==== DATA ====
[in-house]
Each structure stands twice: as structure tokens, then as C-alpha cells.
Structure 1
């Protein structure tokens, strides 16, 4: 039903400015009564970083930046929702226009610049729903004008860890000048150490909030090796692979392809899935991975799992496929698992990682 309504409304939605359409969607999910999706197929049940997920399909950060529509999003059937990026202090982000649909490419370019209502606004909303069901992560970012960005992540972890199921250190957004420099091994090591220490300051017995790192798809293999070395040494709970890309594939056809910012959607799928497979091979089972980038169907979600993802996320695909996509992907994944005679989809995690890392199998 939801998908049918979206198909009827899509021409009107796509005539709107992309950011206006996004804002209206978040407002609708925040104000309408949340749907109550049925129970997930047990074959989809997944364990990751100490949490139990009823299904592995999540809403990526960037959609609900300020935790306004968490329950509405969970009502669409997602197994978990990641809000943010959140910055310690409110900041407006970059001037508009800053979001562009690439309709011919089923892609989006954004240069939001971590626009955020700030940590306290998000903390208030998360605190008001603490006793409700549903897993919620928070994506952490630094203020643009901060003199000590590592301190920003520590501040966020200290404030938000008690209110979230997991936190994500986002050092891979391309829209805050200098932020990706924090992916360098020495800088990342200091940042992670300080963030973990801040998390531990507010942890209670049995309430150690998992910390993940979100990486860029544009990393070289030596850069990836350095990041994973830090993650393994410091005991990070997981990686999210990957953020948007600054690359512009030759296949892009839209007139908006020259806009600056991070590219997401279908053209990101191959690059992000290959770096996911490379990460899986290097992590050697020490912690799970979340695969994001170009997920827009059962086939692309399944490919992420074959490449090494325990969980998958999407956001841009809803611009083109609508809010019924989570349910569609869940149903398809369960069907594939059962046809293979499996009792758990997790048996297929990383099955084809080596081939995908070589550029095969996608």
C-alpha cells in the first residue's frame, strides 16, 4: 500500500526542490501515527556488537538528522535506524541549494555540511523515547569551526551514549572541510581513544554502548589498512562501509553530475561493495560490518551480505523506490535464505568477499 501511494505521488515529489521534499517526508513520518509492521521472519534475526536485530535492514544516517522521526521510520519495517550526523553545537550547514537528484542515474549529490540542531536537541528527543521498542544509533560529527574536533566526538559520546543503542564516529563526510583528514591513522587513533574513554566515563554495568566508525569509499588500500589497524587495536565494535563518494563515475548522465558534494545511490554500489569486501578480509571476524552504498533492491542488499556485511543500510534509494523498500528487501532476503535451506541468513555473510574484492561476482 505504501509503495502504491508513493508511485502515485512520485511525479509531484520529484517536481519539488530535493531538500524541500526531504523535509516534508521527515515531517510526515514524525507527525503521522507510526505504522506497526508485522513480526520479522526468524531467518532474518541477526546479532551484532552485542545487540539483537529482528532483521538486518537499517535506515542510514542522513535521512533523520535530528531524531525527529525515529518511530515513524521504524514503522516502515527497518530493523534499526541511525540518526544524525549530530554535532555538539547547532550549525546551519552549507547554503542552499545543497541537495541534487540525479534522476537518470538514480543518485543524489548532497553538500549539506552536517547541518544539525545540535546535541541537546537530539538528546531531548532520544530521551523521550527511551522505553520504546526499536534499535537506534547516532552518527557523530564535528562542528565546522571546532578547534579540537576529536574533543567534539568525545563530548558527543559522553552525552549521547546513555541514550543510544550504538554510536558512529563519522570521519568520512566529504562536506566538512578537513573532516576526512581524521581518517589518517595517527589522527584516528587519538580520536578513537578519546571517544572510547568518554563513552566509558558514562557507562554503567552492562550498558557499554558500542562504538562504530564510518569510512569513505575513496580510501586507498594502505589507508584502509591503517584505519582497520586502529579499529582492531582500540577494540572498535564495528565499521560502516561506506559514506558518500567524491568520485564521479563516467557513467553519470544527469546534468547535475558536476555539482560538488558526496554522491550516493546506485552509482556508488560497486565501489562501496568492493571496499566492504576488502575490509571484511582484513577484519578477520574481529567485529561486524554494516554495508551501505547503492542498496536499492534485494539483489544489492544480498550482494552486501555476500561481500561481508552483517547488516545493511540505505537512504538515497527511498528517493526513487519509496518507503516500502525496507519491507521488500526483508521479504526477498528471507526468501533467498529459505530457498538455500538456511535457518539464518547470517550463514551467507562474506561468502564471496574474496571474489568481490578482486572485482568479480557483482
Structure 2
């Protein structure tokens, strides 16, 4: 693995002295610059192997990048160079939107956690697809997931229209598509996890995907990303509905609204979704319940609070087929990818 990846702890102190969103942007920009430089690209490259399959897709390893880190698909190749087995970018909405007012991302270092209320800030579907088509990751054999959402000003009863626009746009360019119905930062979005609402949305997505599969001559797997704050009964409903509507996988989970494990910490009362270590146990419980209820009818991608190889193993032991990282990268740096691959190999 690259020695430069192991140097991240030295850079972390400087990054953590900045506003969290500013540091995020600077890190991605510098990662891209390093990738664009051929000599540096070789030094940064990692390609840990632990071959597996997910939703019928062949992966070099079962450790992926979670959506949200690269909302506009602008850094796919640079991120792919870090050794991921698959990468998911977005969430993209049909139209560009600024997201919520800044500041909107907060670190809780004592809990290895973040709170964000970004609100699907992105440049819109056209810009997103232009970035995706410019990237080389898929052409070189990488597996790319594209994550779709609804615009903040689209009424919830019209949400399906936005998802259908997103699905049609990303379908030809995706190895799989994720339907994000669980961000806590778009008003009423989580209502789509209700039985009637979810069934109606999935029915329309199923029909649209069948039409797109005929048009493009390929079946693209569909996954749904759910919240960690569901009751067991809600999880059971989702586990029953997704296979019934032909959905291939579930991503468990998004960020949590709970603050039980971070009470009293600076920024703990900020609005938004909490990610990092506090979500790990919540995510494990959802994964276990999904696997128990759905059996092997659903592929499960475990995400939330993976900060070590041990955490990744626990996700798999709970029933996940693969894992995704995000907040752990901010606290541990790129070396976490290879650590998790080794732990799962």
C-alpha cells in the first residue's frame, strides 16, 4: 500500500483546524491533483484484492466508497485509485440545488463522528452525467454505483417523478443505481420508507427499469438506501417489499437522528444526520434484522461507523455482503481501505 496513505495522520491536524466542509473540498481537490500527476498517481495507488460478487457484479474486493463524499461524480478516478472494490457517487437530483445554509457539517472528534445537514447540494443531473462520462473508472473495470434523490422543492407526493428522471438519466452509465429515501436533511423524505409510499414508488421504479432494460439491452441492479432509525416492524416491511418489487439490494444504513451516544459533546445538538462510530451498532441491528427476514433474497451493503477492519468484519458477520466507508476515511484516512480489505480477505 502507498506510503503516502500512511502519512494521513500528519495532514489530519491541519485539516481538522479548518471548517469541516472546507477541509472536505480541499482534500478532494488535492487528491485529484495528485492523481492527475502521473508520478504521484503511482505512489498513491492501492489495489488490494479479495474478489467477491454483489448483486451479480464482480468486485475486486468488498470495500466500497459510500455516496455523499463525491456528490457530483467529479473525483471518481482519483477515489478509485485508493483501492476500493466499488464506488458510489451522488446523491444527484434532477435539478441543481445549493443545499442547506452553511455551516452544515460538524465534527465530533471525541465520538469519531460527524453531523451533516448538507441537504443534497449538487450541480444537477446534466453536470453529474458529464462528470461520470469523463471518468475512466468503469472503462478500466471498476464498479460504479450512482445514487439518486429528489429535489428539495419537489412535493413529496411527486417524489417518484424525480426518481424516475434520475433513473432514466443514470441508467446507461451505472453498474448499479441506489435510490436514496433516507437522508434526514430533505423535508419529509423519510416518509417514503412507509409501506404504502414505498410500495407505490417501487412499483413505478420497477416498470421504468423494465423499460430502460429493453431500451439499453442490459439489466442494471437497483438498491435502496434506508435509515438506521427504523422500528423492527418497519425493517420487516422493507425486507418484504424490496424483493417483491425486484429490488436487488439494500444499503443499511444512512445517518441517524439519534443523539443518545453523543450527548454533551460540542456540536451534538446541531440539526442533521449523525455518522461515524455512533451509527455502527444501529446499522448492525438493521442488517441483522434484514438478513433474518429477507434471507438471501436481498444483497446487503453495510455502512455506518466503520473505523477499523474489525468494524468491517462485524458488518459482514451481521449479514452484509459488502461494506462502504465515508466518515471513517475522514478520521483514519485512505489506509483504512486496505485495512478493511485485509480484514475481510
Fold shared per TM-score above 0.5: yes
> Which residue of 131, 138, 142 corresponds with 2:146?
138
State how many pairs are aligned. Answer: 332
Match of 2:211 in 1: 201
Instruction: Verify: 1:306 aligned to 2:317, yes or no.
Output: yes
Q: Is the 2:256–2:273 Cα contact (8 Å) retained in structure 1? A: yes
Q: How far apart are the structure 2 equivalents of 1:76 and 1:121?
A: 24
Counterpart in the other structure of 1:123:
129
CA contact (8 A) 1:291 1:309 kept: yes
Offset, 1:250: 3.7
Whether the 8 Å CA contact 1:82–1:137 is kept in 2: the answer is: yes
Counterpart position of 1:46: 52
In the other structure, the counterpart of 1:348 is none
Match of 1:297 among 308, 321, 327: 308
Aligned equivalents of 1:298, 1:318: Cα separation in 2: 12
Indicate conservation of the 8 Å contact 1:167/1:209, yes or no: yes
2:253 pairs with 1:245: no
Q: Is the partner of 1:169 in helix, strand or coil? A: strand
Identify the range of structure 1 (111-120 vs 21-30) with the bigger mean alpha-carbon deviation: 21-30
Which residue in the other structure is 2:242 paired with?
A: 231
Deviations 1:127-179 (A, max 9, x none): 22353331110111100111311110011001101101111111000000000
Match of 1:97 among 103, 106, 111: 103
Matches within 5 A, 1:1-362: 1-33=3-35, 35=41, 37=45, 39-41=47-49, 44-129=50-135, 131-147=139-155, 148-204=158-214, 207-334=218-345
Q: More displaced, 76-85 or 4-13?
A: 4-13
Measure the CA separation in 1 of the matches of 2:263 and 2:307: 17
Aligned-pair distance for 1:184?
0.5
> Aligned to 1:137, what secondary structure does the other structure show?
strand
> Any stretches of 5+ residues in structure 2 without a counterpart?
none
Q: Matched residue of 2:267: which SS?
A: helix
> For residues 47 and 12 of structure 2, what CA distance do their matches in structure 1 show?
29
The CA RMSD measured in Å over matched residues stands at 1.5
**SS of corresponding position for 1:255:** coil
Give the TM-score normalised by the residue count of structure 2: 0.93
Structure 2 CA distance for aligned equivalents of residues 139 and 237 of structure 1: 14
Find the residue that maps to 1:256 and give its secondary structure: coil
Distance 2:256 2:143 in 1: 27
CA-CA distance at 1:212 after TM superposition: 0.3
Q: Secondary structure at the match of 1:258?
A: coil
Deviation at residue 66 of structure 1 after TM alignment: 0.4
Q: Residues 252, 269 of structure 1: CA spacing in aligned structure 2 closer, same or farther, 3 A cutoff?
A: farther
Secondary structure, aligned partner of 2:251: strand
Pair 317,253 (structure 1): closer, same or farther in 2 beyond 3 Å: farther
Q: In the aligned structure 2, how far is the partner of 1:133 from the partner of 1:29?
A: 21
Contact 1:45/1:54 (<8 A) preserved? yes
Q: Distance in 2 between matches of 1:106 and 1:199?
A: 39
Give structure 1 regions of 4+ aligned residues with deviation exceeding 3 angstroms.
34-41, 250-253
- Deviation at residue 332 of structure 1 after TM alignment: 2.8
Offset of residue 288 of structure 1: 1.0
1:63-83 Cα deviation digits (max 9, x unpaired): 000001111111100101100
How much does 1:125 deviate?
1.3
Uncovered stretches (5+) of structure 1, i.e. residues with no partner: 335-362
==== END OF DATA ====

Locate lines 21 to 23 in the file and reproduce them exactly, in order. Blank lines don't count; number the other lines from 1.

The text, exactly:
CA contact (8 A) 1:291 1:309 kept: yes
Offset, 1:250: 3.7
Whether the 8 Å CA contact 1:82–1:137 is kept in 2: the answer is: yes